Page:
'There's Too Much Distance in Society. We Need To Start Seeing People As Humans' - RightsInfo

‘There’s Too Much Distance in Society. We Need To Start Seeing People As Humans’

The UK has a homelessness problem. It’s an undeniable fact. 

More than 4,700 people are currently thought to be living on the streets – a rise for the seventh year in a row – and around 78,000 families are believed to be living in temporary accommodation. In total, more than 300,000 people are thought to be homeless across the country, with this number expected to double by 2041.

The crisis has been touted as one of biggest problems of 2018, but for Kwame Sekyere we’re yet to even take the first step – humanising the people who experience homelessness. “There are so many ways for us to give to charities,” he tells me. However, there’s a catch. “They are all really detached though. Sometimes the most important thing you can do is actually be present and understand that these are just people.”

‘We Need to See People As Normal Humans’

The Street Kitchen Podcast. Image Credit: Kwame Sekyere

“When you’re giving money to ‘kids in Africa’ or ‘homeless people’ there is a division between the two of you, because it’s ‘I’m giving to you’,” he explains. “And whether it’s conscious or subconscious, it creates some kind of power structure and hierarchy. When you literally just go and have a coffee with someone it does just help you to see them as a normal human being.”

It’s a simple idea, and also the rationale behind his new project Five Fifths, which aims to bring communities closer together through innovative productions and social media. With the name inspired by ‘the three-fifths compromise‘ in 1787 America, which meant slaves only counted as three-fifths of a person in population statistics, the 22-year-old hopes to bridge the massive gaps between sections of our society.

When you literally go for a coffee with someone it does just help you see them as a normal human being.

Kwame Sekyere, Five Fifths

“The whole concept is making people from three-fifths into five-fifths of a human, and that’s done through participating in things with them,” he adds. “The word I use is distance. It’s essentially the space between two people and two communities. It could be economic, it could be geographical, it could be social, but it’s about bridging that distance.”

His first series has been a podcast in conjunction with Streets Kitchen in Camden, which aims to give homeless people an unfiltered platform and voice. Participants talk about everything from their love for the local area and their favourite football team, to how valuable it is when someone takes thirty seconds out of their day for them.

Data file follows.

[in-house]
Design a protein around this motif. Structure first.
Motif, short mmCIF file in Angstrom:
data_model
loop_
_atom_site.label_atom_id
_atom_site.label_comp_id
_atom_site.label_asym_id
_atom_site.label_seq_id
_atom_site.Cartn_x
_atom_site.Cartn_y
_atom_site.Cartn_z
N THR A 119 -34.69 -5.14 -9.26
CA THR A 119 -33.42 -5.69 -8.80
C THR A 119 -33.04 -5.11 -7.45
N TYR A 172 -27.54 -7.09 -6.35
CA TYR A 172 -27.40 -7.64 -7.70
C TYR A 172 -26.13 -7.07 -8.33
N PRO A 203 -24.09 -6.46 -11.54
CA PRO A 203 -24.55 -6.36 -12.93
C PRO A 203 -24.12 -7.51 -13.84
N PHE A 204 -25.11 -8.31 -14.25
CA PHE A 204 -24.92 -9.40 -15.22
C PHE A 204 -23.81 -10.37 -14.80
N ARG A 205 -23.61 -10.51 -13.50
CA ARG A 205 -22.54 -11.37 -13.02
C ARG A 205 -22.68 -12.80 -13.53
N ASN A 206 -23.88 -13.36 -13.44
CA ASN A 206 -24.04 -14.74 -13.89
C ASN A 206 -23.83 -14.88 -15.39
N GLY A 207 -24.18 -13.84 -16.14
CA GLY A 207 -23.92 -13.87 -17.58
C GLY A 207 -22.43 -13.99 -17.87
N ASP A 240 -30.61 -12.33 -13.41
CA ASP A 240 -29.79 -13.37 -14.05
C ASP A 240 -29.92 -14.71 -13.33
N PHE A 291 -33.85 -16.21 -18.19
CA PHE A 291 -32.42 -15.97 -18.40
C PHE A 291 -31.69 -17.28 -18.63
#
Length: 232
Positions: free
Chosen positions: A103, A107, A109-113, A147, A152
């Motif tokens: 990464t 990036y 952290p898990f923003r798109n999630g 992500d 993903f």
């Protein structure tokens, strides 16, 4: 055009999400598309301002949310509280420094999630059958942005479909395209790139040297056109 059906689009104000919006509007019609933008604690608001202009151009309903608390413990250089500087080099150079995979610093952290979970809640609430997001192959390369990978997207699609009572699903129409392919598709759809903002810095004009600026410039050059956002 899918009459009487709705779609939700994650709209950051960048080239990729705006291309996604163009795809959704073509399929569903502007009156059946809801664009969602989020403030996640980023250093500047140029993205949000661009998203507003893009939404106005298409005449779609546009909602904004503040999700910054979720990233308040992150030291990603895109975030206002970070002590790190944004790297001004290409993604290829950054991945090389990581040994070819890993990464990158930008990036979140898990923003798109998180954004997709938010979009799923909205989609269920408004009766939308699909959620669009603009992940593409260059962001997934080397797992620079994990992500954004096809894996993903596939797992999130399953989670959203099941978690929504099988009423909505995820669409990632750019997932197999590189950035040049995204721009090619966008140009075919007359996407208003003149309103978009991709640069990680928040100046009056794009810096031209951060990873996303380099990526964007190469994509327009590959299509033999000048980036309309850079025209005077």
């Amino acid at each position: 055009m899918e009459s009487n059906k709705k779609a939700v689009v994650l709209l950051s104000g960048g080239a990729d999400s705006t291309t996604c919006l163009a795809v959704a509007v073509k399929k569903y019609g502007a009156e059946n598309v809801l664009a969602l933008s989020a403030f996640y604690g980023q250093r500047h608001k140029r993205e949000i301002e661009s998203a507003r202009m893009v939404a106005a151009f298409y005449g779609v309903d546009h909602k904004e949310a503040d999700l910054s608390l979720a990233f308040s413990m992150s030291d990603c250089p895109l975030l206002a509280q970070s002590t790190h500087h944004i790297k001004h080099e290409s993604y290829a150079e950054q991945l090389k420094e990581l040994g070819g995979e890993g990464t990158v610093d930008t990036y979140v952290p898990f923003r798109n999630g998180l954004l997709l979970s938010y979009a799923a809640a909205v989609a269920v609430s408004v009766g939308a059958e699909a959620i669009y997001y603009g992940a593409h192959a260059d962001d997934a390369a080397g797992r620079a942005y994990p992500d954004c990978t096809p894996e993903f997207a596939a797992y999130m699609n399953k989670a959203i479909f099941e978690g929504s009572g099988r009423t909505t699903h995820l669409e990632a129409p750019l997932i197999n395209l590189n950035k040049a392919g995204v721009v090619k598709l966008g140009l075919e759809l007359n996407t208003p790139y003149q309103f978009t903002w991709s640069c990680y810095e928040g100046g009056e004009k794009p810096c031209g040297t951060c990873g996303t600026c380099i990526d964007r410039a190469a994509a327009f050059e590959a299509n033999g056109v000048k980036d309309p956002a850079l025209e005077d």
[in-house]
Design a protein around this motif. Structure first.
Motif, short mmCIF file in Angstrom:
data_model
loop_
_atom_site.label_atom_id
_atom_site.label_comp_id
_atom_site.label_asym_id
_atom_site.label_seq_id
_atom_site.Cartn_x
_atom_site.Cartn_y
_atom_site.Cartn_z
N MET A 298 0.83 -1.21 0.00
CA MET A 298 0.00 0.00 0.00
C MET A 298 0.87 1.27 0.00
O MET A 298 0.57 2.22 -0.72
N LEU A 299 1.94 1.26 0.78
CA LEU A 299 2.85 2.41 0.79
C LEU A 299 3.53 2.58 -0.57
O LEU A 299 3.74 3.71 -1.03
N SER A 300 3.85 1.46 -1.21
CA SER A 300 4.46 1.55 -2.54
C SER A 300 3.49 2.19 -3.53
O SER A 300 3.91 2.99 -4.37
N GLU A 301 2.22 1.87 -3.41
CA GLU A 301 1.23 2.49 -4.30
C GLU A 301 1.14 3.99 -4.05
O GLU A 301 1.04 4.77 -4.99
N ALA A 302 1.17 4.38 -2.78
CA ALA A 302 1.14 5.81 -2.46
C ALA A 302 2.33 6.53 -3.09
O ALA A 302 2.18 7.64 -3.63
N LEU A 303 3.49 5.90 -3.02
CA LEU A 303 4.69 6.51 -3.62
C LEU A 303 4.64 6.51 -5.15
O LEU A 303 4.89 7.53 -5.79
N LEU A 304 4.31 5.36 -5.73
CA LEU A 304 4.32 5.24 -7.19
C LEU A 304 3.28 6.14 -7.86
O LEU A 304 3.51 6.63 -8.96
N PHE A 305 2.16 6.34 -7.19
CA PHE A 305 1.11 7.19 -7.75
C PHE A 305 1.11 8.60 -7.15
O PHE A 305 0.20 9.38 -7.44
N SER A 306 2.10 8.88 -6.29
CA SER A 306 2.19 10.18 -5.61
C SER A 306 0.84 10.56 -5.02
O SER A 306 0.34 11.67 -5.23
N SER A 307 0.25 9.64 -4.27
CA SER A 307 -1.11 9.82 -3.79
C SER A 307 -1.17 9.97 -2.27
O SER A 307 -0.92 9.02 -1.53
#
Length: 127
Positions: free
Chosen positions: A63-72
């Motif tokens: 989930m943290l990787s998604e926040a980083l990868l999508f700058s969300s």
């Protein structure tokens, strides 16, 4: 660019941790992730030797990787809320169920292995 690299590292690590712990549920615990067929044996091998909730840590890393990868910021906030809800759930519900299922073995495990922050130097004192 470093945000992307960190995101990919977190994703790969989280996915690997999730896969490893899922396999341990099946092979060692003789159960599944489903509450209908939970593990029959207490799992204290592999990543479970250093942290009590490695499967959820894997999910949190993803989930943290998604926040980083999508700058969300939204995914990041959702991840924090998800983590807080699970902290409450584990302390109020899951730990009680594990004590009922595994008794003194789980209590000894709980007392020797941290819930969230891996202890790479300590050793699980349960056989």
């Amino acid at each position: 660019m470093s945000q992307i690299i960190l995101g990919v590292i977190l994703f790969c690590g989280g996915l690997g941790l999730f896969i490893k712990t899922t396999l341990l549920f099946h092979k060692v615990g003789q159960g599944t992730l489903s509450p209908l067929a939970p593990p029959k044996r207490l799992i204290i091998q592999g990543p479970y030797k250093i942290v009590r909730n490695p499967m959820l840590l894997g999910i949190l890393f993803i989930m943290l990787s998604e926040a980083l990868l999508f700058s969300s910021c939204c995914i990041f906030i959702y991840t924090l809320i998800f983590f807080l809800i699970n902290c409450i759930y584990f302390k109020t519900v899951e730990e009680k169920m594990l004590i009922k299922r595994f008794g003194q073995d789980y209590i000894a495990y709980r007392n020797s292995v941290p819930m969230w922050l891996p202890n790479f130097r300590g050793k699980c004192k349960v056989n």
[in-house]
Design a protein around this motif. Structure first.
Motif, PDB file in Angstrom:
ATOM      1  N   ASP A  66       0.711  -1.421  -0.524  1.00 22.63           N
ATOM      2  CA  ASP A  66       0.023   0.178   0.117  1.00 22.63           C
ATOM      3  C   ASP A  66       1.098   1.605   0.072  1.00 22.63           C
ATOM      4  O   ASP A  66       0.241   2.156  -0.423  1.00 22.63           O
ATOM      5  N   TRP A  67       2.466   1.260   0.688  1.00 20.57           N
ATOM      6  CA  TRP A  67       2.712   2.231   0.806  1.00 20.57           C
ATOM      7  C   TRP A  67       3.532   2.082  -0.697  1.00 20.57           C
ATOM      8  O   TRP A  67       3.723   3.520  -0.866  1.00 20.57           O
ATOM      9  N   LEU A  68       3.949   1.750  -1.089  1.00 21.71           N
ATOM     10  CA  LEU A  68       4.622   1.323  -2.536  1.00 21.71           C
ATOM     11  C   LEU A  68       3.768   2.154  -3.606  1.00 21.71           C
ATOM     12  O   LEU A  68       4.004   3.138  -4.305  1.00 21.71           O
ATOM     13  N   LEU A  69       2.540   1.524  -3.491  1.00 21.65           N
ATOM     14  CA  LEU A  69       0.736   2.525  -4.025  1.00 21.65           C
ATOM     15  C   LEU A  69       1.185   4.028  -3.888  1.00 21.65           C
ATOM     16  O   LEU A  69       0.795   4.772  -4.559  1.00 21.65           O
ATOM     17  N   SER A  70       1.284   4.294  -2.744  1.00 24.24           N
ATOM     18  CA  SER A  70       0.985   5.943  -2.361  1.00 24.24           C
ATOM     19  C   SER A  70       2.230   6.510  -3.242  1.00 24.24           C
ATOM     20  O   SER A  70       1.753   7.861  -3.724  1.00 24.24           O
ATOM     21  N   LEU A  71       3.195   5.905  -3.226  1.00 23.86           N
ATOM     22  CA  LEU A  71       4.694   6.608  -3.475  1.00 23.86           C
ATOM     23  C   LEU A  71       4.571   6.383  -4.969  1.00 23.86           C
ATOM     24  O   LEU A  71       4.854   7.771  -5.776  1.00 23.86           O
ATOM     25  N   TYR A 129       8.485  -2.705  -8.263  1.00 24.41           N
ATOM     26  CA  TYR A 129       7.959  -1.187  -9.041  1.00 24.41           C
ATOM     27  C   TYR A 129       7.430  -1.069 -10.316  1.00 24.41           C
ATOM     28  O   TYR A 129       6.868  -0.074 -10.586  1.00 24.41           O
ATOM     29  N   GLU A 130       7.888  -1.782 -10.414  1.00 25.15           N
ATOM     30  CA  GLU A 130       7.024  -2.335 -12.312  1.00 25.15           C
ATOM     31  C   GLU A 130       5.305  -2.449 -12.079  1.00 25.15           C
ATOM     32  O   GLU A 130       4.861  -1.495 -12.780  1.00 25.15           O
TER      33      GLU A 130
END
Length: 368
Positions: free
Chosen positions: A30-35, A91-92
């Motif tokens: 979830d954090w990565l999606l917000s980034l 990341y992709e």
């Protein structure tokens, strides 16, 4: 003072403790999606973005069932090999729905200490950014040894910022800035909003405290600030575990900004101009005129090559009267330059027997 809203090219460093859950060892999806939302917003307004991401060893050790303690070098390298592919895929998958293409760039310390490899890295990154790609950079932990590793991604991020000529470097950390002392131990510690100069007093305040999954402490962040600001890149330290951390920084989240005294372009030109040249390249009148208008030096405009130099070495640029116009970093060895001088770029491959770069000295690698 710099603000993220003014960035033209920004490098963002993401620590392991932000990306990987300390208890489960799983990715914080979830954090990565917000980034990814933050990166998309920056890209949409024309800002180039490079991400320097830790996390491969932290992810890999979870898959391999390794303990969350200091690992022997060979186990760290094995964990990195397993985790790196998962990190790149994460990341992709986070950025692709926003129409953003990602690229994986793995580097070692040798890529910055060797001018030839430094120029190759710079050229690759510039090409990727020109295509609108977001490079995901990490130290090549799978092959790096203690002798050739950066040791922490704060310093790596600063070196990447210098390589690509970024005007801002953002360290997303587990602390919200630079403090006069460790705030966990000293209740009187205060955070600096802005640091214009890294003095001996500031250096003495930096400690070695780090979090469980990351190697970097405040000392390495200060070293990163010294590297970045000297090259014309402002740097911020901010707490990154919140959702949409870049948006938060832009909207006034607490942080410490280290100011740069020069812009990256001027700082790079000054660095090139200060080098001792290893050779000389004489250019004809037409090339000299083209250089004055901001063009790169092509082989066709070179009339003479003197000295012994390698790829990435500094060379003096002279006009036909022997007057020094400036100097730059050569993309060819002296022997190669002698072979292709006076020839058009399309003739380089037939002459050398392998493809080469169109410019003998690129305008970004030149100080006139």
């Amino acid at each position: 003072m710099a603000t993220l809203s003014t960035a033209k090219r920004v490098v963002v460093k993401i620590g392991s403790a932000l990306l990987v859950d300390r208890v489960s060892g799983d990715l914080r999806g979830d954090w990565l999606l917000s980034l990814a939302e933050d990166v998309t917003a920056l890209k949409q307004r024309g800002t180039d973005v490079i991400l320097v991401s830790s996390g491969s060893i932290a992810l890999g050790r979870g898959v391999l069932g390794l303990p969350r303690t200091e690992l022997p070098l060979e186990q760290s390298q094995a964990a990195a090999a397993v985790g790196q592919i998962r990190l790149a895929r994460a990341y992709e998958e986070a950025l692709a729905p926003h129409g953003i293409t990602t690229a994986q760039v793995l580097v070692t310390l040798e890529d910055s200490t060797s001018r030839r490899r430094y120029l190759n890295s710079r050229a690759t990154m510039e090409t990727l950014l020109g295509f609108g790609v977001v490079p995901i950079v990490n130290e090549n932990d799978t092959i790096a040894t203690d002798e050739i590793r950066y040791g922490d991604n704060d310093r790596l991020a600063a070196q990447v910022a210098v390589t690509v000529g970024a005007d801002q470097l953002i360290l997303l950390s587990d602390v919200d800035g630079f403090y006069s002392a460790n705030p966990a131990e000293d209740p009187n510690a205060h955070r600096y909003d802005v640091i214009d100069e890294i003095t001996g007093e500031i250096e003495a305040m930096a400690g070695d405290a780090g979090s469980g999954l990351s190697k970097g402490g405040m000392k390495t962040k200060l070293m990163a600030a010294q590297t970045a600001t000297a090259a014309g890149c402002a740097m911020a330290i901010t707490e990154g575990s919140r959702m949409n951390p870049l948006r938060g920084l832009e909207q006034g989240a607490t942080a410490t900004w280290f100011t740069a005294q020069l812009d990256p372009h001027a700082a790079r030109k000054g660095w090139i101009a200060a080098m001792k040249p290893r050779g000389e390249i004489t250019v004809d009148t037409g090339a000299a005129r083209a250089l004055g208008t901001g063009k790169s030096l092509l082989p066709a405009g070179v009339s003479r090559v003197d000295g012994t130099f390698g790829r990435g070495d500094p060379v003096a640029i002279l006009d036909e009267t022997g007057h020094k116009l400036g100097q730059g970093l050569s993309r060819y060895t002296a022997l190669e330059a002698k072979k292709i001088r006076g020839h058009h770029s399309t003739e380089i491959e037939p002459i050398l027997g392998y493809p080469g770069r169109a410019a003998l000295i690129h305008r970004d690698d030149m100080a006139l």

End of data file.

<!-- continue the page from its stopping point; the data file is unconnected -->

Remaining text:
Listen – The Streets Kitchen Podcast 

“People that work at Streets Kitchen go out and speak to homeless people and just have general everyday conversations,” he explains. “We record it and we put it on the podcast and that is just helping people to see that ‘yeah they’re homeless but they’re also people.’”

‘We Need to be Humans to Have Human Rights’

Video Credit: Project Five Fifths

Many of the issues which Kwame plans on focusing on during the next few months, such as homelessness and the Grenfell Tower tragedy, are ones which touch heavily on our human rights. It’s not a connection he’s unaware of.

There have always been rights for people. What has changed is who those rights have been afforded to.

Kwame Sekyere, Five Fifths

“Human rights are important, but only when you see someone as a human. Throughout history there have always been rights and protections for people, but what has changed is who those rights and protections have been afforded to.

“It’s improved over time, as we saw things like the Universal Declaration of Human Rights being brought in, to extend rights to those who aren’t just rich and powerful. However, I do still feel like there is progress to be made in terms of who these rights are afforded to – and it is these people we are so distant from. We need to make sure these structures work for people who aren’t part of the mainstream.”

Creating A More Positive Media

Image Credit: Kwame Sekyere

Part of this also means trying to build a new model for the media which helps to bring people together and highlight untold stories – rather than focusing on ideas about ‘us and them’. “The media is very powerful in terms of its ability to shape the way that people think, and very often when things have that much power, we’re scared of them and we want to push them away,” says Kwame.

The media has the potential to do amazing good. There’s a lot possible and it’s vital we bring a message of positivity.

Kwame Sekyere, Five Fifths

However, much like sites such as The Overtake and Positive News, he’s certain outlets can help bring society together, rather than divide it. “The media is different. It has the potential to harm, but also to do amazing good as well. I want [Five Fifths] to be fluid. I want it to be dynamic and changing. There’s a lot possible with the media, and it’s vital we bring out the message of positivity to places that haven’t had a lot of it.”

Featured Image: Kwame Sekyere

Help us increase understanding and support for human rights in the UK.

About the Author

Jem Collins

Strategic Impact Director
Jem is the Strategic Impact Director for RightsInfo, working on increasing our reach across the UK and measuring our impact. Previously she was the News and Social Media Editor. She is also passionate about helping young people into the media and runs Journo Resources, a start-up which helps young people into the media, as well as serving as a trustee of the Student Publication Association. She is also one of the co-founders of The Second Source, a group to help end harassment in the media. Email Jem View all posts by Jem Collins.
‘There’s Too Much Distance in Society. We Need To Start Seeing People As Humans’
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